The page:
We usually associate Jack Davis with TV Guide, but Steve Brodner is taking on the role this morning, because the January 6 Hearings will be starting at roughly 9 AM Eastern, or about the time I file. So if you haven’t got your TV on, flip it on now and start watching.
I’m assuming that they’ll go on through most of the day, BTW, and I’m also assuming NPR will carry them as well.
But, in case you haven’t found enough things to be depressed about lately, CNN’s Reliable Sources Newsletter reports that the people who most need to see the testimony may not:
The rest of that newsletter is well-worth a click and read, but don’t expect to come away feeling good about things, though it does feature a link to a story about small newspapers being bought away from the stockswappers by local owners who care about serving their communities instead of their investors, so that’s something.
I’d also point out that the major networks swapped coverage of the Senate Watergate Hearings, so that, at any moment, viewers who wanted to keep their heads in the sand could switch over to soap operas, quiz shows or the Dialing for Dollars Movie.
And, as in any trial and any hearing, there was a lot of scene-setting and procedural stuff and so I had the hearings on while I did housework and wrangled a small child, only focusing in enough to be aware when something marvelous was happening.
Which means that you could probably get by later with whatever the reporters pick up on, though (A) you’ll be missing a lot of nuance and (B) you’ll need to trust your source, which gets us back to Fox and OAN and Newsmax, certainly, but also to the general fallibility even of people who are trying.
And, of course, the summaries on the ethical networks will likely be awash in “on the one hand/on the other” coverage, the kind where, if someone says it’s sunny out, producers scramble, in the name of fairness, to find someone who says it’s raining.
No problem! Lalo Alcaraz suggests that GOP leadership will be trotting out same-old-same-old smears against witnesses.
You should put on the coverage, even if you just keep it in the background and wait for the John Dean stretches of intense relevance, the Alexander Butterfield bombshells, and the random moments when a Tony Ulasewicz tells of carrying a bus operator’s coin dispenser for making calls from pay phones.
I wish I felt these hearings would convert anyone, but I’m inclined to go along with Jack Ohman‘s suspicion that the only way the GOP would bother with them would be if the tables had been turned, at which point they’d have the importance of Benghazi and the same power to stir people up as her e-mails (which were sent on routers!).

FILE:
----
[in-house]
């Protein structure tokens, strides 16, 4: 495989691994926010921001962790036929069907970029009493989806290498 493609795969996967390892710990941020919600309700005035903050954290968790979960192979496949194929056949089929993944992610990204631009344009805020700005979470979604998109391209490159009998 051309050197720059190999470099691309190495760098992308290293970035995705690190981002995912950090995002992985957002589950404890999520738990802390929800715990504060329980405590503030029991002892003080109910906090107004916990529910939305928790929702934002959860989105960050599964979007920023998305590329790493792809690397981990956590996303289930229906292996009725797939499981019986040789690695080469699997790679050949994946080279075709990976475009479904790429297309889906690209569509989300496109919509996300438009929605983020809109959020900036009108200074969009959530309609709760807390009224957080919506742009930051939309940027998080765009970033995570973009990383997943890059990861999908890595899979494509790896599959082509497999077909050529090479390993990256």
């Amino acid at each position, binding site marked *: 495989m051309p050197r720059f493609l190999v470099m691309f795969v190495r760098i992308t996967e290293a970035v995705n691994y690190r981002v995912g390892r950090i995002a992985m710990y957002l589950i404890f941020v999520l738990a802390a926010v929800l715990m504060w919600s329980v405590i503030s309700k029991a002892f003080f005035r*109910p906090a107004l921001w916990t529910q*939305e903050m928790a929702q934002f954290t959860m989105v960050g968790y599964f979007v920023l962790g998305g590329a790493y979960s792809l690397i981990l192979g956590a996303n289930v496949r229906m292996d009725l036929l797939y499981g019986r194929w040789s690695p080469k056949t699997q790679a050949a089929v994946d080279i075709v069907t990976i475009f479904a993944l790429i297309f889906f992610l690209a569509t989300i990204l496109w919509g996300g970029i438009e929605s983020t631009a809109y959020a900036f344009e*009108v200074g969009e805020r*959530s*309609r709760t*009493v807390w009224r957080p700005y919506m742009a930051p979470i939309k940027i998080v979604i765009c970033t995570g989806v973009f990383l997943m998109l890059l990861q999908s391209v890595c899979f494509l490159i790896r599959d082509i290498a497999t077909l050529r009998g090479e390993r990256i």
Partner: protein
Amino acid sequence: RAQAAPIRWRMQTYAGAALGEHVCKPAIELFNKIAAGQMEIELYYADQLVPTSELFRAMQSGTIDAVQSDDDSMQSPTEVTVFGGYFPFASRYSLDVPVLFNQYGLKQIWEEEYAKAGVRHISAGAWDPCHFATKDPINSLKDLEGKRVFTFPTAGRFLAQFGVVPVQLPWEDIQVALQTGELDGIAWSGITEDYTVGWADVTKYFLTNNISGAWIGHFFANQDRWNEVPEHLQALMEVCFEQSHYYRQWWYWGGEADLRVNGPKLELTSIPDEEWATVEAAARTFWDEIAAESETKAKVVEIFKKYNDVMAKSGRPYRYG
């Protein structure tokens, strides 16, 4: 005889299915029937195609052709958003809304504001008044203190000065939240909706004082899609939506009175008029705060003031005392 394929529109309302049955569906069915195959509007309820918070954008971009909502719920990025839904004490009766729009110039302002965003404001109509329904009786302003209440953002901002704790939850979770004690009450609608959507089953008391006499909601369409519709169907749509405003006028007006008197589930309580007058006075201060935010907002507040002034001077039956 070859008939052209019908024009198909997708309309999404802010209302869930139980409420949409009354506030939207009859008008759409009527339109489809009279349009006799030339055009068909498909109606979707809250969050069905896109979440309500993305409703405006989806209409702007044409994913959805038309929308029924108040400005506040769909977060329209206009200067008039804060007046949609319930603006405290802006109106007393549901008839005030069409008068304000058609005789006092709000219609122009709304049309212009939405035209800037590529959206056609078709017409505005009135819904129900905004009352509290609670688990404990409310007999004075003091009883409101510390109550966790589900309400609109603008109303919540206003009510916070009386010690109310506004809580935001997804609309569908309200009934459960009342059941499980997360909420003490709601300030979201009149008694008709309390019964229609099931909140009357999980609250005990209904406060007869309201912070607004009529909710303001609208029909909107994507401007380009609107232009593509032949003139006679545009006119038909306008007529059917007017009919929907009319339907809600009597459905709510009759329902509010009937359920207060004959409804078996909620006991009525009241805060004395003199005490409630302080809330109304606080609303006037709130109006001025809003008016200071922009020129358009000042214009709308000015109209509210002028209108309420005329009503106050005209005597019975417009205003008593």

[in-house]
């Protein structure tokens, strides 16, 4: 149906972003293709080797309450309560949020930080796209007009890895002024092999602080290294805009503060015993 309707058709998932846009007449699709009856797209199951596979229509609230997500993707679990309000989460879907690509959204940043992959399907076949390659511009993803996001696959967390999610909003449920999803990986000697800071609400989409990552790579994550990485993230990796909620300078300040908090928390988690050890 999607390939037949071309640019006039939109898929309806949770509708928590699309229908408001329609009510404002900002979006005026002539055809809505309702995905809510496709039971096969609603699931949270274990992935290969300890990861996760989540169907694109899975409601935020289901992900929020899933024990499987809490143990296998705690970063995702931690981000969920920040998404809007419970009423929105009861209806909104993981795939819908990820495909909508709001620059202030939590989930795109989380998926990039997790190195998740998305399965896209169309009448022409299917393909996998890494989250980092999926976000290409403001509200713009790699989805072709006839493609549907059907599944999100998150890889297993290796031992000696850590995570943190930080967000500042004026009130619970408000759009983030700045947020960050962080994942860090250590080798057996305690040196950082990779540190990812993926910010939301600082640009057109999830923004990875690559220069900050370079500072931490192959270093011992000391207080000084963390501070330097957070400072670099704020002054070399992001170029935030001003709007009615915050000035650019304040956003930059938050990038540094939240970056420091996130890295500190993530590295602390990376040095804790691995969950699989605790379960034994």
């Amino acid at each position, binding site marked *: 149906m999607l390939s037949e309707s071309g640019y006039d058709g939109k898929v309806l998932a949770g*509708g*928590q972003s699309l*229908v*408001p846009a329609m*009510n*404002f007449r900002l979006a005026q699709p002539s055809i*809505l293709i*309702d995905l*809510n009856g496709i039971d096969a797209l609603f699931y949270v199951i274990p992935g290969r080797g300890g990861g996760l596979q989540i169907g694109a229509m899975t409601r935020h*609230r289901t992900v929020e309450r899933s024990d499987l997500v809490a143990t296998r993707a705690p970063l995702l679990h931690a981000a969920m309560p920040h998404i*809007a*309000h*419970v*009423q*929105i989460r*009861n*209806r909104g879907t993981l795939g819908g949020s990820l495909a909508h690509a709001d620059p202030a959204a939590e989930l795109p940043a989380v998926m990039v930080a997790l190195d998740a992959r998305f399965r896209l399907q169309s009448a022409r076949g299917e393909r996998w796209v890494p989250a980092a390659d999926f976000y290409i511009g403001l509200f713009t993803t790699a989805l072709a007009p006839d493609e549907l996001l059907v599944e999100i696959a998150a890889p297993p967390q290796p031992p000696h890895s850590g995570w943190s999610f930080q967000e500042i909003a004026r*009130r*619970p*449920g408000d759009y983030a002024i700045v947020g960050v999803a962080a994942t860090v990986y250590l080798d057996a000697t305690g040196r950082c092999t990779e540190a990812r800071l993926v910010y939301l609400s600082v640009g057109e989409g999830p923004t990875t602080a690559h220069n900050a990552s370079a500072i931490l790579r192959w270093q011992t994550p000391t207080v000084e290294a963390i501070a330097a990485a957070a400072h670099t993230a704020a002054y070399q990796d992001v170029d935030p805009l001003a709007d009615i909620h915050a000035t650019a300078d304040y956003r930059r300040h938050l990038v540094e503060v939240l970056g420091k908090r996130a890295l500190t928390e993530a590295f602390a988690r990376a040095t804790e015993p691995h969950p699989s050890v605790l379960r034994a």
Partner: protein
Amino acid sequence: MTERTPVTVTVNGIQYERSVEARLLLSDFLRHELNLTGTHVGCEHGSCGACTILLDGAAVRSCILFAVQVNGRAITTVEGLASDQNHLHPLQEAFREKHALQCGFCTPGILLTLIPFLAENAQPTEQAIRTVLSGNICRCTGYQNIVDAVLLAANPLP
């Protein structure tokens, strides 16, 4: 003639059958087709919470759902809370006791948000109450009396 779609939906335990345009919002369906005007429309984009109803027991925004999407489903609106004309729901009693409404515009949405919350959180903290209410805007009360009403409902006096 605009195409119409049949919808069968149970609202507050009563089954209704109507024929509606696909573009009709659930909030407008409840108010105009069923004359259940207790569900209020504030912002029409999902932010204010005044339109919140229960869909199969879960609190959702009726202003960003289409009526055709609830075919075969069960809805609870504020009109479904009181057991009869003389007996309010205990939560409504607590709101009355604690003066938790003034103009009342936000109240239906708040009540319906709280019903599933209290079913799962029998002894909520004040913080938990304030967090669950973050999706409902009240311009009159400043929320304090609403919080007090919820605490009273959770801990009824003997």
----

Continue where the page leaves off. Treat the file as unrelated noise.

But, then, I didn’t think the Watergate charges would stick until they did, so there ya go.
Either way, as said here yesterday, I just want to see if anyone beyond the foot-soldiers ends up charged with anything.
Stay tuned. Literally.
At the other end of my optimism/pessimism scale, Kevin Siers expresses a wish that Joe Biden would be more adamant in trying to shut down the filibuster.
I’ve said several times that I think a lot of people are mistaking Biden’s calm approach for a lack of action, much like that thing about the duck looking very placid on the water while his little feet are paddling like hell underneath.
But I’d also point out that, while sticking flowers in gun barrels at the Pentagon Protest didn’t end the war, peaceful protests eventually did.
And drove LBJ from office.
And set the table for the 26th Amendment.
And that 39 people were arrested for protesting at Kyrsten Sinema’s office in Phoenix yesterday while marchers protested the filibuster in several other cities.
Keep on paddlin’
And then there’s the sad story of Baby Tuckoo, seen here as drawn by Tom Tomorrow.
Poor Baby Tuckoo was in a store the other day when someone came up to him and quietly called him “the worst human being known to mankind.” (Let me remind you, BTW, that truth is an affirmative defense to libel.)
The conservative whineosphere went nuts, particularly since it happened in front of Baby Tuckoo’s son, who was nowhere in earshot and, besides, is in his middle 20s and serves as communications director for conservative Rep. Jim Banks (R-Ind).
(This article says Banks didn’t know who the kid was when he hired him. Probably didn’t know he’d hired the son of a Focus on the Family VP, either.)
But here’s the major point: Tucker Carlson does not have to be a public figure.
Nobody does, but he doesn’t need a job at all. He’s heir to the Swanson’s Frozen TV Dinner fortune, which seems oddly appropriate, given his audience.
He could still have a job, though, and simply be privately obnoxious in splendid solitude.
Years ago, I interviewed Hal Kennedy, longtime, much-beloved anchor at KKTV, the CBS affiliate in Colorado Springs. He told me he enjoyed his hometown fame, but admitted it came with a price tag, giving as an example a recent weekend when he was repairing his hot water heater and needed a part.
He had to shower and change to go to the hardware store, he said, because otherwise someone would say, “I saw Hal Kennedy the other day. I think he’d been drinking.”
Much later, when I was a columnist for the Press-Republican in Plattsburgh, my fairly-new GF and I needed something from the grocery store, and I said I’d have to change, repeating Hal’s story. She laughed at my ego, but, after we’d been together a little longer, she brought it up again, saying, “You weren’t kidding! Everybody knows who you are!”
And I wasn’t even close to being Hal Kennedy, much less Tucker Carlson.
Nor had I gained what small morsel of fame I had by — as Ed Hall demonstrates — spreading hypocritical disinformation that endangers both the nation’s principles and people’s lives.
You want privacy, snowflake? Go private. I won’t stop you.
Otherwise, wipe your eyes and get over yourself.